I ignored them and examined the antlers. They were clean. Nothing. As I turned around, something caught my eye. I turned back towards the head, and I jumped – the eyes had followed me.
I stifled a scream in my throat. I took deep breaths, trying to calm myself down. I thought it was a motion-activated robot, nothing more than a sick joke. I shuffled to the side. The eyes remained in place.
I heard voices outside the cabin – the team had come back. I quickly exited the room to greet them. They reported nothing out of the ordinary was discovered.
A few hours passed and we were ready to wrap up for the night. I was just about to leave when I realized I’d forgotten my suitcase in the den. I entered the room to, once again, find the head staring at me. I ignored it and grabbed the case. I was just about to leave the room when I heard a thunk.
I whipped around to find the deer head lying on the floor, like it had simply fallen off the wall. I walked over, picked it up, and mounted it back in place. I turned to leave when I heard another thunk. The head had fallen again, but this time it was a few feet further away.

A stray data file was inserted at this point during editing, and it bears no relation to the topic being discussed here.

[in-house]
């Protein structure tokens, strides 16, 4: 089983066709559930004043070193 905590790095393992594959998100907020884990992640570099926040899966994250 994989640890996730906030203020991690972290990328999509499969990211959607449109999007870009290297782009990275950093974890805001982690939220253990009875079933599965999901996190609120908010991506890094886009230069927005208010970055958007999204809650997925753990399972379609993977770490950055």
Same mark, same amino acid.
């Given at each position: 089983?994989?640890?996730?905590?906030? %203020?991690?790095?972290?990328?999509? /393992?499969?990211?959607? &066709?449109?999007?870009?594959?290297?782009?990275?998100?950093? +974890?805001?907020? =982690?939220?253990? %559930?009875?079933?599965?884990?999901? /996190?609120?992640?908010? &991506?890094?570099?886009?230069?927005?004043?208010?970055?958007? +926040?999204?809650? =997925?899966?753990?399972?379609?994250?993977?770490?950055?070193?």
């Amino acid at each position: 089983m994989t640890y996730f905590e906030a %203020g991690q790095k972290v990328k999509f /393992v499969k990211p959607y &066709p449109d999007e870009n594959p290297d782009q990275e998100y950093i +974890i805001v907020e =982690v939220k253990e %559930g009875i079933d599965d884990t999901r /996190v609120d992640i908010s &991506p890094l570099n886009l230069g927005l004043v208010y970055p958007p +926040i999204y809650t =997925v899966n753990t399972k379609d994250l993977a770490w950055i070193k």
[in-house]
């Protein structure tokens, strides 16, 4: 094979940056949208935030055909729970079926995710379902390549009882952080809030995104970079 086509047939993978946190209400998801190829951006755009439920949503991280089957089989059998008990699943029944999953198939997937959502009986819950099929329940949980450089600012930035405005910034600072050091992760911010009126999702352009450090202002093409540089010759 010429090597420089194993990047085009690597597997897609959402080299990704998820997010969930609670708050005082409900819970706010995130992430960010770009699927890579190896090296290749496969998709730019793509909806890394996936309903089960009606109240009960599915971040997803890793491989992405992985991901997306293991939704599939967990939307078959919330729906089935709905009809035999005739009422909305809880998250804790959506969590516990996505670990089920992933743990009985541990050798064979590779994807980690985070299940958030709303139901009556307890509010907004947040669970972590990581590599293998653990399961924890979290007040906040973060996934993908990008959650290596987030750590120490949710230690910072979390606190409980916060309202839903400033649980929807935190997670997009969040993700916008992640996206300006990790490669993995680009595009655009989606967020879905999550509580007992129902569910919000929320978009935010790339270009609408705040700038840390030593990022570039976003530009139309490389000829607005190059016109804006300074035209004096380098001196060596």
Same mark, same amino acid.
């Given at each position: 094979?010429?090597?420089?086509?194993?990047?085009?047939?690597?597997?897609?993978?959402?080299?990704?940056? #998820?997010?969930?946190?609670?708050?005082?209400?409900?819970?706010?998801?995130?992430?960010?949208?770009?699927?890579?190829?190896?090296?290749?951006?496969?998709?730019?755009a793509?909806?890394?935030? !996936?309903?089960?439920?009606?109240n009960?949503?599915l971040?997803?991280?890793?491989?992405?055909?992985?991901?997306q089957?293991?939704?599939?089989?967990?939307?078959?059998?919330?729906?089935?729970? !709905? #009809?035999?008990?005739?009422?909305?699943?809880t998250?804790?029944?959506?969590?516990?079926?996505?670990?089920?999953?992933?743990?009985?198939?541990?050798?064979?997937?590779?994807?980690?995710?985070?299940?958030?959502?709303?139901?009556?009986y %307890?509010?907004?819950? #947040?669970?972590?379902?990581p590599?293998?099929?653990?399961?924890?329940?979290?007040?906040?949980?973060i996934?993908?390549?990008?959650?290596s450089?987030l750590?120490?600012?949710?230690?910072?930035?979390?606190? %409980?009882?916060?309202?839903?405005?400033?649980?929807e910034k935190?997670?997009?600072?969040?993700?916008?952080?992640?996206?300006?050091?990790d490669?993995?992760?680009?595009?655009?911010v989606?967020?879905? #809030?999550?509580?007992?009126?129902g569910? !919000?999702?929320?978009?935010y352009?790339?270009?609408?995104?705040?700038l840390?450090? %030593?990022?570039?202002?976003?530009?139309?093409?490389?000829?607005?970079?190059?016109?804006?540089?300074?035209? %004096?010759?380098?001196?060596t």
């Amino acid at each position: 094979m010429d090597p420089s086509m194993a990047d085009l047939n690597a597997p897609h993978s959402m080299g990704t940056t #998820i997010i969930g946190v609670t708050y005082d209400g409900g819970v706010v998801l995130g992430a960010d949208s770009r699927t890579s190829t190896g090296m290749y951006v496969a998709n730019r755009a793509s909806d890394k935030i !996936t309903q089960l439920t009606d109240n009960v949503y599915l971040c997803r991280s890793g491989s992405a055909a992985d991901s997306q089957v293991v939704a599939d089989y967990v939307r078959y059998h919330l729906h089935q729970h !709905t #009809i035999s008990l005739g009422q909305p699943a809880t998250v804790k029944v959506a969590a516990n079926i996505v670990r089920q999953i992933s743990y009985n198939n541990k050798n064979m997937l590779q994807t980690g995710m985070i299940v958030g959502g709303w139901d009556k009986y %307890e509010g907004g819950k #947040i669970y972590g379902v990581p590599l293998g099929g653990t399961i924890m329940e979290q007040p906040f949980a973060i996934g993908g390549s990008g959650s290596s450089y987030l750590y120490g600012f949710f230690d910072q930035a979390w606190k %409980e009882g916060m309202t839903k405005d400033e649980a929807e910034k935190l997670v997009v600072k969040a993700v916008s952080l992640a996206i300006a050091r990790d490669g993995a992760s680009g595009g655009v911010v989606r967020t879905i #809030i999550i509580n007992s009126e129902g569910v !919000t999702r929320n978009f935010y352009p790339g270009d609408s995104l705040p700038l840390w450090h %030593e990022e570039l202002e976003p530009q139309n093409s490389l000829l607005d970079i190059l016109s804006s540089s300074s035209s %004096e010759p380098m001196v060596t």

I stared at the head. It stared blankly in the distance. Hesitantly, I went over to pick it up. My hand brushed its fur and I recoiled: the fur was warm and surprisingly soft. It was almost clammy to the touch.
I lifted it from the wooden mount and placed it back on the wall. I took a few steps back and watched it for a moment.
“You’re not going to get to me,” I muttered.
I turned around to pick up my suitcase and leave.
Suddenly a harsh, grating voice bellowed from behind: “Watch me.”
Again I turned around to find that the head had twisted its neck to look at me. The eyes were bugging out, almost out of the sockets. The flesh around the lips had been ripped and contorted into a smile. White foam dripped from its mouth on the floor.
I screamed and bolted out of there as quick as I could. I tripped over something and got turned around to find the head’s eyes glowing yellow in the fading light. I hastily got to my feet and scrambled out the door, where the rest of the team was getting ready to leave.
“In there…head…” I managed to gasp. The team grabbed hold on me, keeping me from running blindly into the forest.
“What are you talking about?” one of them demanded.
“In there…” I choked. “Deer head…in there…”
The investigators exchanged looks of concern.